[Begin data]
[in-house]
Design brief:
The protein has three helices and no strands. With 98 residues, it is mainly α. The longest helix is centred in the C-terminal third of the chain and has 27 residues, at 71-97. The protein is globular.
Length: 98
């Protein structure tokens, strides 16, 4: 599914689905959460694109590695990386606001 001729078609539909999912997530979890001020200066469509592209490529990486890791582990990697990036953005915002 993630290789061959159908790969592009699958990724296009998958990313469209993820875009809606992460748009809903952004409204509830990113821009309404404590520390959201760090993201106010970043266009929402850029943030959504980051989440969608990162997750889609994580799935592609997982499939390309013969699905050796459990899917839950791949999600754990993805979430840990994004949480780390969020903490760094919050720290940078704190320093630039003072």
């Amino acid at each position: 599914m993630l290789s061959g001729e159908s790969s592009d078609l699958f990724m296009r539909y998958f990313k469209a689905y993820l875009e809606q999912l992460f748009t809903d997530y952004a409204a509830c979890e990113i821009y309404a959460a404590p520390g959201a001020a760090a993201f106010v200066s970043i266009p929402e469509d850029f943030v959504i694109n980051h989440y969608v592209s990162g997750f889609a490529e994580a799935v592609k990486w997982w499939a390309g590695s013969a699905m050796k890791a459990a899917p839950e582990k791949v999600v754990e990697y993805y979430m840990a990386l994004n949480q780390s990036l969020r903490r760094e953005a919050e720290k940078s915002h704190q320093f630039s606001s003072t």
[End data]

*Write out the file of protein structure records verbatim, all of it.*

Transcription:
[in-house]
Design brief:
The protein has three helices and no strands. With 98 residues, it is mainly α. The longest helix is centred in the C-terminal third of the chain and has 27 residues, at 71-97. The protein is globular.
Length: 98
């Protein structure tokens, strides 16, 4: 599914689905959460694109590695990386606001 001729078609539909999912997530979890001020200066469509592209490529990486890791582990990697990036953005915002 993630290789061959159908790969592009699958990724296009998958990313469209993820875009809606992460748009809903952004409204509830990113821009309404404590520390959201760090993201106010970043266009929402850029943030959504980051989440969608990162997750889609994580799935592609997982499939390309013969699905050796459990899917839950791949999600754990993805979430840990994004949480780390969020903490760094919050720290940078704190320093630039003072």
């Amino acid at each position: 599914m993630l290789s061959g001729e159908s790969s592009d078609l699958f990724m296009r539909y998958f990313k469209a689905y993820l875009e809606q999912l992460f748009t809903d997530y952004a409204a509830c979890e990113i821009y309404a959460a404590p520390g959201a001020a760090a993201f106010v200066s970043i266009p929402e469509d850029f943030v959504i694109n980051h989440y969608v592209s990162g997750f889609a490529e994580a799935v592609k990486w997982w499939a390309g590695s013969a699905m050796k890791a459990a899917p839950e582990k791949v999600v754990e990697y993805y979430m840990a990386l994004n949480q780390s990036l969020r903490r760094e953005a919050e720290k940078s915002h704190q320093f630039s606001s003072t």